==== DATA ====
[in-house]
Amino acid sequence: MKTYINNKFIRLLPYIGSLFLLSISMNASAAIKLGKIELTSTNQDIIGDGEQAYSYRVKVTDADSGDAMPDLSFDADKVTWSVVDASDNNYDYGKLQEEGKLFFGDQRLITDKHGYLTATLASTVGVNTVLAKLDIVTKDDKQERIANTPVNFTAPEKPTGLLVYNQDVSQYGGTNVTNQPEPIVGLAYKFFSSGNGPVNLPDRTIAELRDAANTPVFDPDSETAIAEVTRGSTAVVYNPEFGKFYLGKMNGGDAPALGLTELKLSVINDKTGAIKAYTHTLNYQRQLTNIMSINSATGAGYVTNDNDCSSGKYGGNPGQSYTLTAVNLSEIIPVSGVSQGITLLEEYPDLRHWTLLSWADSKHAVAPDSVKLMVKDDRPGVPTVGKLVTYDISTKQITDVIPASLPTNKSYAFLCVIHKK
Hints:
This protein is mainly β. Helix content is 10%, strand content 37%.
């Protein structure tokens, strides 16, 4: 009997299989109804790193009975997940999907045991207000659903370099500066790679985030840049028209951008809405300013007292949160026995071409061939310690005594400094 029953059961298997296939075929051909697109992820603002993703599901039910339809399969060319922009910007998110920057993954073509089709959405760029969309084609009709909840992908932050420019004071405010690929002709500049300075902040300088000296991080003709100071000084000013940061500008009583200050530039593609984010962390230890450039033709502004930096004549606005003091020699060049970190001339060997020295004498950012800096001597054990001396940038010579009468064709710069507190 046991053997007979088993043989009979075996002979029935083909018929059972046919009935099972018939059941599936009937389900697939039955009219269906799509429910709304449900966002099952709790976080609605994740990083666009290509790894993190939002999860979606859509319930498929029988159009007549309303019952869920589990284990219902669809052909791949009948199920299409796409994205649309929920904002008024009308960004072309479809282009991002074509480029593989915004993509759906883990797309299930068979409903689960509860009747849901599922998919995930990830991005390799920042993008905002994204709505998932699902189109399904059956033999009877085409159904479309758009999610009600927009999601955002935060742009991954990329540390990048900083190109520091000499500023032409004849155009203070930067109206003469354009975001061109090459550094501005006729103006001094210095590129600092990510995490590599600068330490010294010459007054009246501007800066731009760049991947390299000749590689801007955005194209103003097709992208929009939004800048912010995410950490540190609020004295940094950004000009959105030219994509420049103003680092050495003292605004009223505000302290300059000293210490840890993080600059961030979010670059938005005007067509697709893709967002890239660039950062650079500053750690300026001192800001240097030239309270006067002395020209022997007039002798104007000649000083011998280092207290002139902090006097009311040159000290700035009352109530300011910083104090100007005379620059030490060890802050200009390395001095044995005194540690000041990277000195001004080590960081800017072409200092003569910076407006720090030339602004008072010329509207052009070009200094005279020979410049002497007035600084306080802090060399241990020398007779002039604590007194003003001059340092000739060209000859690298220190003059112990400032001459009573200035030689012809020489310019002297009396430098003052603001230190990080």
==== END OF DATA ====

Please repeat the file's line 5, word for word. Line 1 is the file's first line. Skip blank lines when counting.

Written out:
């Protein structure tokens, strides 16, 4: 009997299989109804790193009975997940999907045991207000659903370099500066790679985030840049028209951008809405300013007292949160026995071409061939310690005594400094 029953059961298997296939075929051909697109992820603002993703599901039910339809399969060319922009910007998110920057993954073509089709959405760029969309084609009709909840992908932050420019004071405010690929002709500049300075902040300088000296991080003709100071000084000013940061500008009583200050530039593609984010962390230890450039033709502004930096004549606005003091020699060049970190001339060997020295004498950012800096001597054990001396940038010579009468064709710069507190 046991053997007979088993043989009979075996002979029935083909018929059972046919009935099972018939059941599936009937389900697939039955009219269906799509429910709304449900966002099952709790976080609605994740990083666009290509790894993190939002999860979606859509319930498929029988159009007549309303019952869920589990284990219902669809052909791949009948199920299409796409994205649309929920904002008024009308960004072309479809282009991002074509480029593989915004993509759906883990797309299930068979409903689960509860009747849901599922998919995930990830991005390799920042993008905002994204709505998932699902189109399904059956033999009877085409159904479309758009999610009600927009999601955002935060742009991954990329540390990048900083190109520091000499500023032409004849155009203070930067109206003469354009975001061109090459550094501005006729103006001094210095590129600092990510995490590599600068330490010294010459007054009246501007800066731009760049991947390299000749590689801007955005194209103003097709992208929009939004800048912010995410950490540190609020004295940094950004000009959105030219994509420049103003680092050495003292605004009223505000302290300059000293210490840890993080600059961030979010670059938005005007067509697709893709967002890239660039950062650079500053750690300026001192800001240097030239309270006067002395020209022997007039002798104007000649000083011998280092207290002139902090006097009311040159000290700035009352109530300011910083104090100007005379620059030490060890802050200009390395001095044995005194540690000041990277000195001004080590960081800017072409200092003569910076407006720090030339602004008072010329509207052009070009200094005279020979410049002497007035600084306080802090060399241990020398007779002039604590007194003003001059340092000739060209000859690298220190003059112990400032001459009573200035030689012809020489310019002297009396430098003052603001230190990080």